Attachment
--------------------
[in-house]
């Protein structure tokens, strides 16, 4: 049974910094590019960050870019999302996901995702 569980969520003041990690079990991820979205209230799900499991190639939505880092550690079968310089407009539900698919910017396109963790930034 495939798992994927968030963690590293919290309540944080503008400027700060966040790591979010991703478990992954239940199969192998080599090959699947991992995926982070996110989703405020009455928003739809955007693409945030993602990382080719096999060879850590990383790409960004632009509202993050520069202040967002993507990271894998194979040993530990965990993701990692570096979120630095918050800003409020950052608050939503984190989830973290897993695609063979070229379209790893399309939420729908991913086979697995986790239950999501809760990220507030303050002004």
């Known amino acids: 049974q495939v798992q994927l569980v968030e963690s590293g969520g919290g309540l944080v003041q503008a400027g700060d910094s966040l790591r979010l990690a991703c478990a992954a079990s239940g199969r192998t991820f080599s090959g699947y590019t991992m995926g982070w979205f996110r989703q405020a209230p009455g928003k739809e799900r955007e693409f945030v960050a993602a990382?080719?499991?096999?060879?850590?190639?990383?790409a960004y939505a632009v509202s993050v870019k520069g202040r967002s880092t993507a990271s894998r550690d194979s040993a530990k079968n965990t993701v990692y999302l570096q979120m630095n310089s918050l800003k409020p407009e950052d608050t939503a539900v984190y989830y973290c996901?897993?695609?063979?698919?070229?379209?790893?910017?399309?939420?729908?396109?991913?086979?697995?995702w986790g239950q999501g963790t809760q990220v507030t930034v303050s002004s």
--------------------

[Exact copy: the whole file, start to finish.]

[in-house]
């Protein structure tokens, strides 16, 4: 049974910094590019960050870019999302996901995702 569980969520003041990690079990991820979205209230799900499991190639939505880092550690079968310089407009539900698919910017396109963790930034 495939798992994927968030963690590293919290309540944080503008400027700060966040790591979010991703478990992954239940199969192998080599090959699947991992995926982070996110989703405020009455928003739809955007693409945030993602990382080719096999060879850590990383790409960004632009509202993050520069202040967002993507990271894998194979040993530990965990993701990692570096979120630095918050800003409020950052608050939503984190989830973290897993695609063979070229379209790893399309939420729908991913086979697995986790239950999501809760990220507030303050002004």
């Known amino acids: 049974q495939v798992q994927l569980v968030e963690s590293g969520g919290g309540l944080v003041q503008a400027g700060d910094s966040l790591r979010l990690a991703c478990a992954a079990s239940g199969r192998t991820f080599s090959g699947y590019t991992m995926g982070w979205f996110r989703q405020a209230p009455g928003k739809e799900r955007e693409f945030v960050a993602a990382?080719?499991?096999?060879?850590?190639?990383?790409a960004y939505a632009v509202s993050v870019k520069g202040r967002s880092t993507a990271s894998r550690d194979s040993a530990k079968n965990t993701v990692y999302l570096q979120m630095n310089s918050l800003k409020p407009e950052d608050t939503a539900v984190y989830y973290c996901?897993?695609?063979?698919?070229?379209?790893?910017?399309?939420?729908?396109?991913?086979?697995?995702w986790g239950q999501g963790t809760q990220v507030t930034v303050s002004s």